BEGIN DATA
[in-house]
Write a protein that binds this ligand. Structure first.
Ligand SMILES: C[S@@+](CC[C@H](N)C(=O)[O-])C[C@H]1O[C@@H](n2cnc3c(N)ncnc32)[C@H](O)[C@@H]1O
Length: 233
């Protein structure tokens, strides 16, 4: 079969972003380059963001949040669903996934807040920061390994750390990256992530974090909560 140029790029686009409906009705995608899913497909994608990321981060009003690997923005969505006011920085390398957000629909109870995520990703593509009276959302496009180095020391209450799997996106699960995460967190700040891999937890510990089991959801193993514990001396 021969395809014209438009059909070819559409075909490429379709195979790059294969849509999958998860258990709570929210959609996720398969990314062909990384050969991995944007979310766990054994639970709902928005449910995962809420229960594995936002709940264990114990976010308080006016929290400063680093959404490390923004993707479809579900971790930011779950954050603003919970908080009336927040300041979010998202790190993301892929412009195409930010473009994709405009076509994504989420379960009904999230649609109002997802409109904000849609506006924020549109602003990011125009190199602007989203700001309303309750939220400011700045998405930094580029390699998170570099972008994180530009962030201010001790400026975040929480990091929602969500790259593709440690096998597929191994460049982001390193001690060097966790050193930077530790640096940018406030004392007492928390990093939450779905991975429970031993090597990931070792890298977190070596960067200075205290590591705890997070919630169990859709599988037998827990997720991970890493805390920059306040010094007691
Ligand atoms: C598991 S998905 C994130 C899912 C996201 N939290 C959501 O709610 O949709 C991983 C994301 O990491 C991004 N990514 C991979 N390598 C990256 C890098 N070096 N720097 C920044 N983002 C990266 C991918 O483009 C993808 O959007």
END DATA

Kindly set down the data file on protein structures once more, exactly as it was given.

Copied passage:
[in-house]
Write a protein that binds this ligand. Structure first.
Ligand SMILES: C[S@@+](CC[C@H](N)C(=O)[O-])C[C@H]1O[C@@H](n2cnc3c(N)ncnc32)[C@H](O)[C@@H]1O
Length: 233
């Protein structure tokens, strides 16, 4: 079969972003380059963001949040669903996934807040920061390994750390990256992530974090909560 140029790029686009409906009705995608899913497909994608990321981060009003690997923005969505006011920085390398957000629909109870995520990703593509009276959302496009180095020391209450799997996106699960995460967190700040891999937890510990089991959801193993514990001396 021969395809014209438009059909070819559409075909490429379709195979790059294969849509999958998860258990709570929210959609996720398969990314062909990384050969991995944007979310766990054994639970709902928005449910995962809420229960594995936002709940264990114990976010308080006016929290400063680093959404490390923004993707479809579900971790930011779950954050603003919970908080009336927040300041979010998202790190993301892929412009195409930010473009994709405009076509994504989420379960009904999230649609109002997802409109904000849609506006924020549109602003990011125009190199602007989203700001309303309750939220400011700045998405930094580029390699998170570099972008994180530009962030201010001790400026975040929480990091929602969500790259593709440690096998597929191994460049982001390193001690060097966790050193930077530790640096940018406030004392007492928390990093939450779905991975429970031993090597990931070792890298977190070596960067200075205290590591705890997070919630169990859709599988037998827990997720991970890493805390920059306040010094007691
Ligand atoms: C598991 S998905 C994130 C899912 C996201 N939290 C959501 O709610 O949709 C991983 C994301 O990491 C991004 N990514 C991979 N390598 C990256 C890098 N070096 N720097 C920044 N983002 C990266 C991918 O483009 C993808 O959007």